More than 40 people are dead and many more are missing after a fleet of boats transporting fuel to cell phone company Vodacom's local offices capsized in a river in northwestern DRC. This was the second boat accident in less than 10 days in the chaotic, war-torn country. Naomi Schwarz has more from VOA's West and Central Africa bureau in Dakar.
More than 80 people were riding in the boats on the Tshuapa River in rural northwest Congo's Equateur province.
Now, many are reported dead and rescuers are still searching for survivors.
The boats capsized on Sunday night. The cause of the accident is not known, but survivors told journalists poor nighttime visibility was a problem.
An analyst for the South-African based Institute for Security Studies, Paul Simon Hendy, says water transport is often used because roads are expensive to build and maintain in the vast rainforests of the DRC.
"As an alternative, the rivers of the country, and the country has a lot, are actually the biggest transportation and even communication network," he said. "They build an essential part of the transportation network in the country."
But the boats are often in poor condition and frequently lack equipment such as life jackets and signal flares. At least a dozen people died earlier this month when a boat sank in the Congo River.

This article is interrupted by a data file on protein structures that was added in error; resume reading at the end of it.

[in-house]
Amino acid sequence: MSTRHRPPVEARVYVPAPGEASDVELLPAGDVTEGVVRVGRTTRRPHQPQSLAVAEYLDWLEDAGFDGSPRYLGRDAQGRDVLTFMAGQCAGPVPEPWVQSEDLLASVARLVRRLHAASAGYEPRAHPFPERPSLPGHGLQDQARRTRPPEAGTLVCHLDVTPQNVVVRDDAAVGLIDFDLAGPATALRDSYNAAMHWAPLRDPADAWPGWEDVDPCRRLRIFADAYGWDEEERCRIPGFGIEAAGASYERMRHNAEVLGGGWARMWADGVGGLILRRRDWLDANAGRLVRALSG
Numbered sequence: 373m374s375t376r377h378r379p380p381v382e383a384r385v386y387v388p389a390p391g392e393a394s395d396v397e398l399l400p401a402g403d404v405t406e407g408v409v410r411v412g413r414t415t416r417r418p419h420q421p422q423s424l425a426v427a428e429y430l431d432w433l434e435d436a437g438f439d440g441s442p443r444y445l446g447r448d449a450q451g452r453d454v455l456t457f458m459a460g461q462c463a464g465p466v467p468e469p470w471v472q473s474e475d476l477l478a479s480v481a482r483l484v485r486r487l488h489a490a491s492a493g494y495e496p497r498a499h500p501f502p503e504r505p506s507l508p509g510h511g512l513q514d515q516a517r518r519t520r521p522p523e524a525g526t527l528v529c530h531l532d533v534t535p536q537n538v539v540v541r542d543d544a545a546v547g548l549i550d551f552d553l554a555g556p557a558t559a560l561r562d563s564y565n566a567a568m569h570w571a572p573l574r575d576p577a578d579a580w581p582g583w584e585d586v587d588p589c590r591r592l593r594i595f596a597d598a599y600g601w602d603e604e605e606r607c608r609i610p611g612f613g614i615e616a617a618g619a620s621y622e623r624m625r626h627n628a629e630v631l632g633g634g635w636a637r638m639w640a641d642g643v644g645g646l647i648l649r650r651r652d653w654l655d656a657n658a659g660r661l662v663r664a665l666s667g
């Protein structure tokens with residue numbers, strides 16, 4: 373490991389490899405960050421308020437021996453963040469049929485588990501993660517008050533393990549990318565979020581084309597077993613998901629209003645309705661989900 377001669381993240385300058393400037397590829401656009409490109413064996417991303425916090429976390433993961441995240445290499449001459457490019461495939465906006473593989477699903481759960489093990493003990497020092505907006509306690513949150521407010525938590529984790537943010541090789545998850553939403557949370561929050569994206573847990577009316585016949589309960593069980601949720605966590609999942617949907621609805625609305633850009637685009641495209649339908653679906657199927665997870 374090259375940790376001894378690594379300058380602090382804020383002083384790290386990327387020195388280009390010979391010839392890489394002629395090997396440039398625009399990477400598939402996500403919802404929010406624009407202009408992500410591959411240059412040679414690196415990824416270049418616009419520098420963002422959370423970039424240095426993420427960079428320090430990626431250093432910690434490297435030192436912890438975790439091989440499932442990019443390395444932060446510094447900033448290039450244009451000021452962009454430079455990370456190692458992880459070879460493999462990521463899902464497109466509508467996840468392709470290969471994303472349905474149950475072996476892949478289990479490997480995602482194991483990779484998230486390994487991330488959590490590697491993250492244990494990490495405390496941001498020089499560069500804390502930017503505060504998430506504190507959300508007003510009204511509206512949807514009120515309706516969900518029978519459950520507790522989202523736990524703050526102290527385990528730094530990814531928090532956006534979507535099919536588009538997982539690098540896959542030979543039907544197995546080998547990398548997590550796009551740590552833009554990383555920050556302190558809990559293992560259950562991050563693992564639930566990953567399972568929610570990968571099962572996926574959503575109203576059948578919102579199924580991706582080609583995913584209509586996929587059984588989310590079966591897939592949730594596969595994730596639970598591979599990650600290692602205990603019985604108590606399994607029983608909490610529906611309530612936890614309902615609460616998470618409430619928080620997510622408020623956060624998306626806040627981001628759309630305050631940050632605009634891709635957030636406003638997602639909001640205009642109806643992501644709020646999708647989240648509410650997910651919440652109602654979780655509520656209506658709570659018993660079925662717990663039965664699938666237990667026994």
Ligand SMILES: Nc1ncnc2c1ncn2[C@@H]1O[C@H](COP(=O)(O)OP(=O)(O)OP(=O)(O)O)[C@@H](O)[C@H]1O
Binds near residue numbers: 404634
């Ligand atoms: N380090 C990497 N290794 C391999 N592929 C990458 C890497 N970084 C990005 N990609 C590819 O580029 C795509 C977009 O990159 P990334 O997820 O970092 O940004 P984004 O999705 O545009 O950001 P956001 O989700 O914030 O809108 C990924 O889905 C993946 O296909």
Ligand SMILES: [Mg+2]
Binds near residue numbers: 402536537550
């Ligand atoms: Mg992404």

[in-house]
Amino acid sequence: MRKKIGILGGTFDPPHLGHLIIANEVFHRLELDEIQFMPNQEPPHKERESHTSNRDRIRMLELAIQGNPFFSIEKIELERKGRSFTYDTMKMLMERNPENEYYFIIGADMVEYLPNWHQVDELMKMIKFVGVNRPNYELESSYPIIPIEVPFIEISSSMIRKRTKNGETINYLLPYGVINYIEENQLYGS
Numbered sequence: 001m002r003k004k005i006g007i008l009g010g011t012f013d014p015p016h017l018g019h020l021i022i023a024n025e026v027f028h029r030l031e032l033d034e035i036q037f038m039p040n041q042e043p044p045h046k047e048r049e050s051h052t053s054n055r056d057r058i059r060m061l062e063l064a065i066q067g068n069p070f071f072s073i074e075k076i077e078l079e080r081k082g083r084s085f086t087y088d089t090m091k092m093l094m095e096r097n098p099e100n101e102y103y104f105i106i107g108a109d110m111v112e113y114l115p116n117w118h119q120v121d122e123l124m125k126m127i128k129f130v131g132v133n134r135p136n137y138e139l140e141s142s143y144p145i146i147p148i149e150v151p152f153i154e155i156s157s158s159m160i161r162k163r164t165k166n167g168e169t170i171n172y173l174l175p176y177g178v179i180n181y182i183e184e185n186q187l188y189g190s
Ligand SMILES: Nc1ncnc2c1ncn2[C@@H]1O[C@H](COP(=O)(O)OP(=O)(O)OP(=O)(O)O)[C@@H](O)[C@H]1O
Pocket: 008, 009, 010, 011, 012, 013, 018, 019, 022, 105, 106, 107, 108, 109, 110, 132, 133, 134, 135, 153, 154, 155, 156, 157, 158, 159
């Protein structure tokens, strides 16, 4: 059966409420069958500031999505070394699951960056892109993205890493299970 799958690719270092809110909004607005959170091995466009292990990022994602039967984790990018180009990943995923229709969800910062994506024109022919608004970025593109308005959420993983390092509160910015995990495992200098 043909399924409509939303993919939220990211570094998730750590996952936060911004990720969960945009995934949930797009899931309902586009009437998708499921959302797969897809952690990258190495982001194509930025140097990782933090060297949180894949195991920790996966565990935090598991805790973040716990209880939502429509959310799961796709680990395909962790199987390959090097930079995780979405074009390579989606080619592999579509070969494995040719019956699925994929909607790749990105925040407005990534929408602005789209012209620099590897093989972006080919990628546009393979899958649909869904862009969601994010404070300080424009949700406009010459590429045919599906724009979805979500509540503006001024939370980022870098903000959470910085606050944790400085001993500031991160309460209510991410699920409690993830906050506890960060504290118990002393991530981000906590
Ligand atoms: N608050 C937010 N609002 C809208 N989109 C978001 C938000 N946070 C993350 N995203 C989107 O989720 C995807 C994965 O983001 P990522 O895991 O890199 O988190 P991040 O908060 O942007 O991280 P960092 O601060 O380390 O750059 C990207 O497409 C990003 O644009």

Hendy says regulations are inadequate and poorly enforced.
"Not only ships are old, but even there is no guarantee that even people driving them have the necessary experience," he added.
Observers say overcrowding on the boats are an additional safety issue. Boats are often filled well beyond their capacity (and beyond the passenger list given to officials).
Experts say given the vast size of the Congo and its continuing security problems, it will likely be a long time before safety standards improve.
Although rich in natural resources, the DRC is one of the world's poorest, and least stable countries. The country has suffered multiple civil wars and decades of rebel uprisings. Democratic elections were held last year, but the country faces a renewed conflict with rebels in the east.